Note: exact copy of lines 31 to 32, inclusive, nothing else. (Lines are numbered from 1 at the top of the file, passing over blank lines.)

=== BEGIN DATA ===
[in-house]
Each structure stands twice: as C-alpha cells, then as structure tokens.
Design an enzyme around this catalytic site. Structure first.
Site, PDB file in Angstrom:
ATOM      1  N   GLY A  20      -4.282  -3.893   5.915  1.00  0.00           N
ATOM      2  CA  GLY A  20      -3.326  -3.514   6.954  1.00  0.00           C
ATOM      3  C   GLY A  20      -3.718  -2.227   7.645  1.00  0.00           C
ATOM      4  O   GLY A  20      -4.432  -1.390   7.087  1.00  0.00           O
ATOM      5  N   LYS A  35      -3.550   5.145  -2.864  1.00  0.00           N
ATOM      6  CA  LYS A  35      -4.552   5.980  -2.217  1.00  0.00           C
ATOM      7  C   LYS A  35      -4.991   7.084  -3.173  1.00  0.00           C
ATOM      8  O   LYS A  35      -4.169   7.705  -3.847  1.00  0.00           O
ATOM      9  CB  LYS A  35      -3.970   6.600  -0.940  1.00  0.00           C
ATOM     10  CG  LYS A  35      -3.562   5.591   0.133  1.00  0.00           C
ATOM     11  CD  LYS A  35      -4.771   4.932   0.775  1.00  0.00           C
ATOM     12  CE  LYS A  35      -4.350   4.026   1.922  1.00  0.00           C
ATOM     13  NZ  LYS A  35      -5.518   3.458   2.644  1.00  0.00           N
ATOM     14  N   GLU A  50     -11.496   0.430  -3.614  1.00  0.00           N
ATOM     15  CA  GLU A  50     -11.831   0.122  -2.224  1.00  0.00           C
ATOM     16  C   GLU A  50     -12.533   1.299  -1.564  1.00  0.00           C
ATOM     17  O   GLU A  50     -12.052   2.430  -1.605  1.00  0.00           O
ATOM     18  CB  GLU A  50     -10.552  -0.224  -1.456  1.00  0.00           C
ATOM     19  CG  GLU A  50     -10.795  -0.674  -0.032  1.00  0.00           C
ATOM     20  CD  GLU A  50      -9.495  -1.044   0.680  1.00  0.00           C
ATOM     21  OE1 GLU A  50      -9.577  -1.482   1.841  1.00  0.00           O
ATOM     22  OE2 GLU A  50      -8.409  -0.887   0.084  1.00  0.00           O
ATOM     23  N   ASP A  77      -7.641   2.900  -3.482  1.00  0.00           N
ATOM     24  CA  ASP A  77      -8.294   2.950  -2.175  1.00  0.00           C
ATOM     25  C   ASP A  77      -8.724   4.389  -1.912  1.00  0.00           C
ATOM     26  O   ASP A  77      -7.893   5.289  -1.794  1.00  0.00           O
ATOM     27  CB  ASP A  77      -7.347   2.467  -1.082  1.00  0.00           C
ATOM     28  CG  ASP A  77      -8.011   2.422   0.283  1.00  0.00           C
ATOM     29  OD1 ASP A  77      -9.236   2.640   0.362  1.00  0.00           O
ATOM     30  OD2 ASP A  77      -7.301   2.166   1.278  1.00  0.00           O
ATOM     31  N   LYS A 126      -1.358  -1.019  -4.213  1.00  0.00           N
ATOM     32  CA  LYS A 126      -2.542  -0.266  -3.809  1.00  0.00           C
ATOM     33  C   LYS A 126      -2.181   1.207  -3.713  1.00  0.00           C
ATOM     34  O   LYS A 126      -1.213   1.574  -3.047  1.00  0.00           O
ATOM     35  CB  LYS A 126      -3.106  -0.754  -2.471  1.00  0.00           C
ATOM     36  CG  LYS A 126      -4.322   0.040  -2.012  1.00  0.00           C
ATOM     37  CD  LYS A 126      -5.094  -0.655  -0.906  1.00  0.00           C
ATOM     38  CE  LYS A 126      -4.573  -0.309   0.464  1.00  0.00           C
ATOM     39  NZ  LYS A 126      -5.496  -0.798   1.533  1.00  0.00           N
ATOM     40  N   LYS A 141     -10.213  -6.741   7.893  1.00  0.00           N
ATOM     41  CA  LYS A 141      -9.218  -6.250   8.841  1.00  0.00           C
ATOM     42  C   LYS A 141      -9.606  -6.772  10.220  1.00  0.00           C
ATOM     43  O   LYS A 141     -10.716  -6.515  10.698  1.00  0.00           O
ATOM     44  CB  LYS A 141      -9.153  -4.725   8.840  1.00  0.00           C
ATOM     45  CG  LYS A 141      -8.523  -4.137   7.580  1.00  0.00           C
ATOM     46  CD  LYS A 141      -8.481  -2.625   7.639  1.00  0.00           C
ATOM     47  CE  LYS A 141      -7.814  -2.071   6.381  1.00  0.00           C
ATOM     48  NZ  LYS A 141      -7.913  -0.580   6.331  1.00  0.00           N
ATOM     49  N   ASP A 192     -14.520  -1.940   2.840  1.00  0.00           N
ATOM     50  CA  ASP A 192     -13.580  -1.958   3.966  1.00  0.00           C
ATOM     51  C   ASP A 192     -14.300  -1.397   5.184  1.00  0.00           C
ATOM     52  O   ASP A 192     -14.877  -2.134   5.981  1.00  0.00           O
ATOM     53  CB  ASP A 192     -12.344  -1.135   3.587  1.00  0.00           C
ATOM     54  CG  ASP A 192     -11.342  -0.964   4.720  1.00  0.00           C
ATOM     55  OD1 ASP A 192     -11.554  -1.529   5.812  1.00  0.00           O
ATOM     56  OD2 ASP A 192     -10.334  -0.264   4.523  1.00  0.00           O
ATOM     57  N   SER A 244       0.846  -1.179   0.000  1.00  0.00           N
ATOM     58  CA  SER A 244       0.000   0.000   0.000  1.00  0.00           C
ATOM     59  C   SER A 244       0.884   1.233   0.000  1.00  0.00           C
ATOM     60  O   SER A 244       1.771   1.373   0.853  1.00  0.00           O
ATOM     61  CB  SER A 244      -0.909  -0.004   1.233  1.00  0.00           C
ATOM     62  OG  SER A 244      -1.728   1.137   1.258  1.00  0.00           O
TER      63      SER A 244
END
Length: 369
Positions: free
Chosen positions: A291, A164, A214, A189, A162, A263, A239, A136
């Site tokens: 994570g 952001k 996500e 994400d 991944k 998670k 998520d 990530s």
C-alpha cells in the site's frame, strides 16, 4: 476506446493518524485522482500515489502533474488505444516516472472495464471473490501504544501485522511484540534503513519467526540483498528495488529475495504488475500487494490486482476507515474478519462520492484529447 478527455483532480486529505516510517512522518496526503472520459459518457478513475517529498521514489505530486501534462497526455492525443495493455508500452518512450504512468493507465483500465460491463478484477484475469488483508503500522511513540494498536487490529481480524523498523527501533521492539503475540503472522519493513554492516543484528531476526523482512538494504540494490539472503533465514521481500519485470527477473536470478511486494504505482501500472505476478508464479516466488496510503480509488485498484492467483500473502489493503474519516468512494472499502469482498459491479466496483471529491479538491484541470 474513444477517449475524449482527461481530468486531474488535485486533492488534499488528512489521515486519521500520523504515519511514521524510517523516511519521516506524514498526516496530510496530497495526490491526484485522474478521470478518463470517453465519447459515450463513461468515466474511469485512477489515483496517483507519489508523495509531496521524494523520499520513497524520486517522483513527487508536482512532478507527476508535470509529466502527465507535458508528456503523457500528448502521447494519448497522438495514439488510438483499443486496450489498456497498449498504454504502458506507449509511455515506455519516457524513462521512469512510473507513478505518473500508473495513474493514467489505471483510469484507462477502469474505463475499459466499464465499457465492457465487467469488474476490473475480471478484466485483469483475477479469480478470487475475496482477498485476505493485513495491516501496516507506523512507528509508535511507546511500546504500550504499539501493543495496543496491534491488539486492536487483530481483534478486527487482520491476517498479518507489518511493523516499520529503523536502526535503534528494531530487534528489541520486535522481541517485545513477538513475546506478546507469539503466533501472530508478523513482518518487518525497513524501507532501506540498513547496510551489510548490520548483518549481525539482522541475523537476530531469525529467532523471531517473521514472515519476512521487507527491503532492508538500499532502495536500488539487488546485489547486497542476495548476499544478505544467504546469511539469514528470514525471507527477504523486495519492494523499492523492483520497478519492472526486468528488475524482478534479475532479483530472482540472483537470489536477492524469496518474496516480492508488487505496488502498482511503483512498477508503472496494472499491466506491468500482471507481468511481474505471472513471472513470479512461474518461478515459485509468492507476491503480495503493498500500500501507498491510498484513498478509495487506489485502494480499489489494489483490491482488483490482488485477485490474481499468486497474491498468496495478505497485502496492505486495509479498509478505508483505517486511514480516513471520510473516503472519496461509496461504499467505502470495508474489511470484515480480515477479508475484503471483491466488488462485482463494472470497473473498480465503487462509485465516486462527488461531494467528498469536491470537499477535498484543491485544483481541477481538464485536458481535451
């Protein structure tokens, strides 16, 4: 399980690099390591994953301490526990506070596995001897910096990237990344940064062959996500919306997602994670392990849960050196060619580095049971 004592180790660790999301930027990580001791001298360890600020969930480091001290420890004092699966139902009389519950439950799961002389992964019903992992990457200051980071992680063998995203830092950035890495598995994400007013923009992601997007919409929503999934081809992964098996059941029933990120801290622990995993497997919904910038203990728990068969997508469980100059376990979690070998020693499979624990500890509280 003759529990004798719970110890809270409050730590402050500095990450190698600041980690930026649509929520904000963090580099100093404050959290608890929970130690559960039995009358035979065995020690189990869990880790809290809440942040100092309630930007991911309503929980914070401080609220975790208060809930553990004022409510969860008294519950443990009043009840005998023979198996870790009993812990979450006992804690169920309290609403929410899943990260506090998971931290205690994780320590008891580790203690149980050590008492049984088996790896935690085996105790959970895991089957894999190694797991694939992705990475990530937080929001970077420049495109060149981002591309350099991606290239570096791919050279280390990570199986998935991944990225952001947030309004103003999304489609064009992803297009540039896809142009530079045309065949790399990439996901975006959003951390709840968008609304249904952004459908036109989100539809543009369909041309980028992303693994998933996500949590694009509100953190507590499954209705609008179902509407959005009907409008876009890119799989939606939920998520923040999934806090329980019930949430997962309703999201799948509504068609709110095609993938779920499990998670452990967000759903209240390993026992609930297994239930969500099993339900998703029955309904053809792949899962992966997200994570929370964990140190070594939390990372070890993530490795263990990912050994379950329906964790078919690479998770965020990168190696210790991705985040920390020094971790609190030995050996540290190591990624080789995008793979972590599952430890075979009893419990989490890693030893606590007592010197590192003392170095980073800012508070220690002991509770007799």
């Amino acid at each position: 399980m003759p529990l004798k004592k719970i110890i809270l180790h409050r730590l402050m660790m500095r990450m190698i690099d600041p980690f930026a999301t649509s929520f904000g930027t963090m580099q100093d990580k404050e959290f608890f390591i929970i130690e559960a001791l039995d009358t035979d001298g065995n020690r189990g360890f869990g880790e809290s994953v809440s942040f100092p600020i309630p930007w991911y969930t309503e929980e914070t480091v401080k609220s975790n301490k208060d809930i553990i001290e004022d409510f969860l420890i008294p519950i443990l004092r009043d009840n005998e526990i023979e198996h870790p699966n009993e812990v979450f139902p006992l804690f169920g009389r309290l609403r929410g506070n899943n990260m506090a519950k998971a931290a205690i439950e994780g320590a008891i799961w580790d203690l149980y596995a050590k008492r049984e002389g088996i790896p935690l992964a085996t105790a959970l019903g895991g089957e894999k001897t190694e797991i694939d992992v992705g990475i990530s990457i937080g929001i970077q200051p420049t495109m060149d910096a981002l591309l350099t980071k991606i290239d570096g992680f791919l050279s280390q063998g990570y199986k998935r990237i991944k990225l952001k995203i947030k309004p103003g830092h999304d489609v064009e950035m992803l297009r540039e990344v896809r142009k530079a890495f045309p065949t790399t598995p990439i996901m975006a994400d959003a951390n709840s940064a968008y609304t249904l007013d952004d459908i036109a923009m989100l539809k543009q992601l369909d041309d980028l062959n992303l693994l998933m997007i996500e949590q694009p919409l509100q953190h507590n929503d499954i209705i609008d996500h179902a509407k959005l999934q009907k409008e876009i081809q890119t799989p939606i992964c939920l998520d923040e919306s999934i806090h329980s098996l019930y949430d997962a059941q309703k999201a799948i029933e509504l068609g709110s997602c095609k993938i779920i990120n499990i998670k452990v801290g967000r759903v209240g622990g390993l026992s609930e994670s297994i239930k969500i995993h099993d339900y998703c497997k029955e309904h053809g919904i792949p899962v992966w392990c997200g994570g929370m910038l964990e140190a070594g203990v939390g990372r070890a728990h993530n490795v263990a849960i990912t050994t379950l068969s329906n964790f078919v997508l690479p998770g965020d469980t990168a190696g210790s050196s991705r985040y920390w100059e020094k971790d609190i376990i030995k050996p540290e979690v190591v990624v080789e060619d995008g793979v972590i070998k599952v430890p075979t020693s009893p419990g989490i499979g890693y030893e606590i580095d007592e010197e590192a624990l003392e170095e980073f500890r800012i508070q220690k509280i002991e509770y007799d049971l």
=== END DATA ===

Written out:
ATOM     27  CB  ASP A  77      -7.347   2.467  -1.082  1.00  0.00           C
ATOM     28  CG  ASP A  77      -8.011   2.422   0.283  1.00  0.00           C